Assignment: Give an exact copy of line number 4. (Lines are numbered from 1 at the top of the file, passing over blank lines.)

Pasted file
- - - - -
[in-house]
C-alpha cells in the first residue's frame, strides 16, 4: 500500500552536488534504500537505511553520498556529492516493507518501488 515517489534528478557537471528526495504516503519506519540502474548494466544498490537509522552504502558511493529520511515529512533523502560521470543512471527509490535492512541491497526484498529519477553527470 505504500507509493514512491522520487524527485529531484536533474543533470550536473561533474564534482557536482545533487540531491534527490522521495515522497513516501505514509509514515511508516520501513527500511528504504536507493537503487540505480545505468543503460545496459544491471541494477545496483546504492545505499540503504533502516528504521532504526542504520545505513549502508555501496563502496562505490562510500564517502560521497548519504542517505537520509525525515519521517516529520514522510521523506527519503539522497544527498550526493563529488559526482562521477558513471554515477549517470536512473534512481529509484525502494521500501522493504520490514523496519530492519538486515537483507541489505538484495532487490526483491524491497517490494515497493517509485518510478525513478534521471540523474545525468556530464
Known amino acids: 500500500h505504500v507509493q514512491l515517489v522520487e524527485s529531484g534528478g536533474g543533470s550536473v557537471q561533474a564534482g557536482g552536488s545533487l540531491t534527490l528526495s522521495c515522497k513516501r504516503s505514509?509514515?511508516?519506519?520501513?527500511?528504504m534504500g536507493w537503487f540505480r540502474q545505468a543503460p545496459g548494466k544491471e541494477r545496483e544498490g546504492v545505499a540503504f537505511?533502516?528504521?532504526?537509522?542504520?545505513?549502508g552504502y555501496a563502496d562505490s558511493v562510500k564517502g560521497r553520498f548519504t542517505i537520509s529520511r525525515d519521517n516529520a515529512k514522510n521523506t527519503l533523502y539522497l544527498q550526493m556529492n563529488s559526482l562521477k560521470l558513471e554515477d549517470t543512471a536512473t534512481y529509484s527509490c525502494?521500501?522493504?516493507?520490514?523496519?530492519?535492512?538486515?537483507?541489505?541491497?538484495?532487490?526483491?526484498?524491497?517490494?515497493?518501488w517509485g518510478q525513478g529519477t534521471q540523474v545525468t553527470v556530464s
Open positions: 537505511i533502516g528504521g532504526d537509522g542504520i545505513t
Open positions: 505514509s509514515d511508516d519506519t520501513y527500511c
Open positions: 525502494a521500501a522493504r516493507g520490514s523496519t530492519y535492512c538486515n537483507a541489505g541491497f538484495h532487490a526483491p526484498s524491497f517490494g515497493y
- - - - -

Open positions: 537505511i533502516g528504521g532504526d537509522g542504520i545505513t